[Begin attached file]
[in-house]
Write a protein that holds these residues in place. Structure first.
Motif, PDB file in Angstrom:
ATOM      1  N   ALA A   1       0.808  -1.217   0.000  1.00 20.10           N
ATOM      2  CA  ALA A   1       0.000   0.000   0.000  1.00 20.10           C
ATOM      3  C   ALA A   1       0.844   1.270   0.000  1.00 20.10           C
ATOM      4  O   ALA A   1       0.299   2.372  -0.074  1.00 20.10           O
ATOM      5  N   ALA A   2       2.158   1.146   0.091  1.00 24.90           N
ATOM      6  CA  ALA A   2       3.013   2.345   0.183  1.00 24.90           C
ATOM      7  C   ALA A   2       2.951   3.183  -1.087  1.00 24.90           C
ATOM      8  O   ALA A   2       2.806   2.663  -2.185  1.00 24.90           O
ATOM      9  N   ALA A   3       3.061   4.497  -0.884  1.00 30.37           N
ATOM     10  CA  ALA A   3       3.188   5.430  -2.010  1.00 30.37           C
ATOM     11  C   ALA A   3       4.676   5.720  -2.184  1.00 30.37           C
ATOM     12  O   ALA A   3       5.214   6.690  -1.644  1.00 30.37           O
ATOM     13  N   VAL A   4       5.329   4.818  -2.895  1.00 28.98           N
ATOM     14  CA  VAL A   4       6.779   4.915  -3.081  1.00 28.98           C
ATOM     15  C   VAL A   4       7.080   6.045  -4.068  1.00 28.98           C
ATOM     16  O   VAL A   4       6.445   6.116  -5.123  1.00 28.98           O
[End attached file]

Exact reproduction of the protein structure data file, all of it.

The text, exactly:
[in-house]
Write a protein that holds these residues in place. Structure first.
Motif, PDB file in Angstrom:
ATOM      1  N   ALA A   1       0.808  -1.217   0.000  1.00 20.10           N
ATOM      2  CA  ALA A   1       0.000   0.000   0.000  1.00 20.10           C
ATOM      3  C   ALA A   1       0.844   1.270   0.000  1.00 20.10           C
ATOM      4  O   ALA A   1       0.299   2.372  -0.074  1.00 20.10           O
ATOM      5  N   ALA A   2       2.158   1.146   0.091  1.00 24.90           N
ATOM      6  CA  ALA A   2       3.013   2.345   0.183  1.00 24.90           C
ATOM      7  C   ALA A   2       2.951   3.183  -1.087  1.00 24.90           C
ATOM      8  O   ALA A   2       2.806   2.663  -2.185  1.00 24.90           O
ATOM      9  N   ALA A   3       3.061   4.497  -0.884  1.00 30.37           N
ATOM     10  CA  ALA A   3       3.188   5.430  -2.010  1.00 30.37           C
ATOM     11  C   ALA A   3       4.676   5.720  -2.184  1.00 30.37           C
ATOM     12  O   ALA A   3       5.214   6.690  -1.644  1.00 30.37           O
ATOM     13  N   VAL A   4       5.329   4.818  -2.895  1.00 28.98           N
ATOM     14  CA  VAL A   4       6.779   4.915  -3.081  1.00 28.98           C
ATOM     15  C   VAL A   4       7.080   6.045  -4.068  1.00 28.98           C
ATOM     16  O   VAL A   4       6.445   6.116  -5.123  1.00 28.98           O